In the last section of the appendix, Saad enumerates a few important steps and considerations one must take before running a Me and White Supremacy circle. These include clarifying and emphasizing one’s purpose for the circle, making sure to only invite participants willing to do the work, carefully planning out the specifics of the circle (duration, date, place, etc.), and assigning essential roles such as the guardian, the host, and the scribe. Lastly, Saad wishes to emphasize that, while some participants may be assigned certain roles or responsibilities, the purpose of the circle is to make everyone a leader.

Themes

White Supremacy

The very focus of Me and White Supremacy is white people, or people holding white privilege, and their relationship with white supremacy. White supremacy, as a theme, recurs all throughout the book. In Part I, Saad explains her choice to use “white supremacy” instead of less controversial terms such as “white privilege” or “unconscious bias”. She maintains that, in order to do meaningful anti-racism work, one must acknowledge the fact that white supremacy is still very present in modern-day systems, institutions, and ideologies. White supremacy is not just an extreme fringe ideology held only by small set of the population. It is practiced, consciously or unconsciously, by all people holding white privilege. Racism and racial oppression stem from white supremacy, as it is the belief that white people and people who pass as white are inherently superior to other races.

It is also important to note that white supremacy can also be learned and internalized by people of color themselves. In the section “Who is This Work For?”, Saad clarifies that Me and White Supremacy is also for the biracial, multiracial, and People of Color who hold white privilege through “passing” as white people.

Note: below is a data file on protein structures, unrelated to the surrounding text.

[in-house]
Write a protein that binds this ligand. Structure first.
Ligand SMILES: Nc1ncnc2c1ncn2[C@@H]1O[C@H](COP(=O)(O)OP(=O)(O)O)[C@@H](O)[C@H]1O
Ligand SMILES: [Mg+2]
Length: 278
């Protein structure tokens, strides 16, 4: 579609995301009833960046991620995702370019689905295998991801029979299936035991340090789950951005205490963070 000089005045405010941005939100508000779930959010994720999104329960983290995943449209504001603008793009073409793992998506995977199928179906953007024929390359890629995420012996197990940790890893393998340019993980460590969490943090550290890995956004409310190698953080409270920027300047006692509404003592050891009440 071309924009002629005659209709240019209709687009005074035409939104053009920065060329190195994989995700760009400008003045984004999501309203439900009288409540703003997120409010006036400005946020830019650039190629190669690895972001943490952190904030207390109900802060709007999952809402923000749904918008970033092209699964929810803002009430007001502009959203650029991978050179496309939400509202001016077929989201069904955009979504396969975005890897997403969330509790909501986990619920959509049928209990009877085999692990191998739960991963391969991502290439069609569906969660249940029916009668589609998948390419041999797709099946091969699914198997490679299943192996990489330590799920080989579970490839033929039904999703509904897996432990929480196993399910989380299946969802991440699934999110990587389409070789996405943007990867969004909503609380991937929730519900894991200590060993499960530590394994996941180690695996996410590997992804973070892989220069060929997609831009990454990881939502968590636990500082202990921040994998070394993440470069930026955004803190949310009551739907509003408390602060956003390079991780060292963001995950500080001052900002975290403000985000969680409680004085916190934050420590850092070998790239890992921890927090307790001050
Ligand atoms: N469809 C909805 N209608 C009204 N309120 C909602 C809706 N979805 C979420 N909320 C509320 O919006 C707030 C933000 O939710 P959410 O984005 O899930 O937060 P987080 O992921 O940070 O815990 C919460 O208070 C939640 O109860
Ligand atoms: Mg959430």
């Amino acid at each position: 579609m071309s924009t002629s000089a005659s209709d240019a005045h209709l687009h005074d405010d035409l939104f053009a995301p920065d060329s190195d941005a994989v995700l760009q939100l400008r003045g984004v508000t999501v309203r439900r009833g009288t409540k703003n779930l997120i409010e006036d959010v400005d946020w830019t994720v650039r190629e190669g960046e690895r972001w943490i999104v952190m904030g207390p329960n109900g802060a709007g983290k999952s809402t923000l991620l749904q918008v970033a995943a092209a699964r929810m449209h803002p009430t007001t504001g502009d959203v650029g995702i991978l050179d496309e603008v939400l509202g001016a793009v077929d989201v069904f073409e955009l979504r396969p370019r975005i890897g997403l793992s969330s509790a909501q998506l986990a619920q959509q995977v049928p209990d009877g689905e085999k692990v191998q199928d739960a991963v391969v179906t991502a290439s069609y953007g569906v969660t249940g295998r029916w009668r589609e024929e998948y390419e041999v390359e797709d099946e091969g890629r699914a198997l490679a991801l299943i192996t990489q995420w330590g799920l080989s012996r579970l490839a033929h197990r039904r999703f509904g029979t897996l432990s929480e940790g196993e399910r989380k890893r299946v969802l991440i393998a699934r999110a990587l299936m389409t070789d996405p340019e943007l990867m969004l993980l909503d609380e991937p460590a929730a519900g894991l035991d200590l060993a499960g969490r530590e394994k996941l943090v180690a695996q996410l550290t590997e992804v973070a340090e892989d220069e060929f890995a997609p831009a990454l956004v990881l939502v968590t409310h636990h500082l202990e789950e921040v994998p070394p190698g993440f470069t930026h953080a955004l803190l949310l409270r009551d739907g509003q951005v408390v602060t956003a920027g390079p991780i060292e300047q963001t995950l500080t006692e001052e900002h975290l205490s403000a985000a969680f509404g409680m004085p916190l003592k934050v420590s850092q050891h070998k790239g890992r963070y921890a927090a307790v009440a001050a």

In “Week 1: The Basics”, Saad lists the most common ways in which white supremacy manifests. The first of these is white privilege, which is defined as a series of unearned privileges and advantages conferred to white people at the expense of BIPOC (Black, Indigenous, and People of Color). The next is white fragility, which is the harmful defensive state white people pass into when confronted about their white privilege. The third is tone policing, which is a tactic to silence BIPOC through attacking their tone and articulation instead of focusing on their message. The fourth is white silence, which is the perpetuation of white supremacy through complicit passivity and inaction. The fifth is white superiority, which is defined as the conscious or unconscious belief that white people are automatically more virtuous, intelligent, or skilled than their BIPOC counterparts. Finally, the last is white exceptionalism, which is the belief that one is so enlightened or progressive-thinking that one need not practice anti-racism.